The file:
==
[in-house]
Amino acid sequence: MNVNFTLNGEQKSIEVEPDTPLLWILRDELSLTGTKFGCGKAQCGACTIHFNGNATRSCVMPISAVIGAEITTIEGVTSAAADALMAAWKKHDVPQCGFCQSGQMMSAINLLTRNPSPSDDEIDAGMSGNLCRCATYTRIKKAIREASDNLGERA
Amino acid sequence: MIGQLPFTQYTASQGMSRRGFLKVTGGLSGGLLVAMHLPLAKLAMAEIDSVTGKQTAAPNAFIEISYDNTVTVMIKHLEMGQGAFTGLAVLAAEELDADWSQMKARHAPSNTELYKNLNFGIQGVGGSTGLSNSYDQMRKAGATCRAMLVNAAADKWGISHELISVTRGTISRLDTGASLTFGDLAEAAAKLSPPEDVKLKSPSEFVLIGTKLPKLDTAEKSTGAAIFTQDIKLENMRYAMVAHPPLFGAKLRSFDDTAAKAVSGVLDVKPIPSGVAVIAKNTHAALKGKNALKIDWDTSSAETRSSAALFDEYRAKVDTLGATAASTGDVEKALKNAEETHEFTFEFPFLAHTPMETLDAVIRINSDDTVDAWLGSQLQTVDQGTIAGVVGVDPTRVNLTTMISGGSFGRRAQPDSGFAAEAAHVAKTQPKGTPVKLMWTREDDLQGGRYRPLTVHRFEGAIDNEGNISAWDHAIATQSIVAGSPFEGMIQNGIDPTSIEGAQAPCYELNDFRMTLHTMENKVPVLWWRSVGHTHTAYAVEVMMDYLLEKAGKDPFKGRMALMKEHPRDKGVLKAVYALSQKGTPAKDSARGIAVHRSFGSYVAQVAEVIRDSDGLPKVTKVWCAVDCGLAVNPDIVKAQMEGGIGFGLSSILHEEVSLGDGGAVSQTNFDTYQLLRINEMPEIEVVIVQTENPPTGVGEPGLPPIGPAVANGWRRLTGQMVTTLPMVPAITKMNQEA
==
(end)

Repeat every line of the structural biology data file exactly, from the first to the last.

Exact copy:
[in-house]
Amino acid sequence: MNVNFTLNGEQKSIEVEPDTPLLWILRDELSLTGTKFGCGKAQCGACTIHFNGNATRSCVMPISAVIGAEITTIEGVTSAAADALMAAWKKHDVPQCGFCQSGQMMSAINLLTRNPSPSDDEIDAGMSGNLCRCATYTRIKKAIREASDNLGERA
Amino acid sequence: MIGQLPFTQYTASQGMSRRGFLKVTGGLSGGLLVAMHLPLAKLAMAEIDSVTGKQTAAPNAFIEISYDNTVTVMIKHLEMGQGAFTGLAVLAAEELDADWSQMKARHAPSNTELYKNLNFGIQGVGGSTGLSNSYDQMRKAGATCRAMLVNAAADKWGISHELISVTRGTISRLDTGASLTFGDLAEAAAKLSPPEDVKLKSPSEFVLIGTKLPKLDTAEKSTGAAIFTQDIKLENMRYAMVAHPPLFGAKLRSFDDTAAKAVSGVLDVKPIPSGVAVIAKNTHAALKGKNALKIDWDTSSAETRSSAALFDEYRAKVDTLGATAASTGDVEKALKNAEETHEFTFEFPFLAHTPMETLDAVIRINSDDTVDAWLGSQLQTVDQGTIAGVVGVDPTRVNLTTMISGGSFGRRAQPDSGFAAEAAHVAKTQPKGTPVKLMWTREDDLQGGRYRPLTVHRFEGAIDNEGNISAWDHAIATQSIVAGSPFEGMIQNGIDPTSIEGAQAPCYELNDFRMTLHTMENKVPVLWWRSVGHTHTAYAVEVMMDYLLEKAGKDPFKGRMALMKEHPRDKGVLKAVYALSQKGTPAKDSARGIAVHRSFGSYVAQVAEVIRDSDGLPKVTKVWCAVDCGLAVNPDIVKAQMEGGIGFGLSSILHEEVSLGDGGAVSQTNFDTYQLLRINEMPEIEVVIVQTENPPTGVGEPGLPPIGPAVANGWRRLTGQMVTTLPMVPAITKMNQEA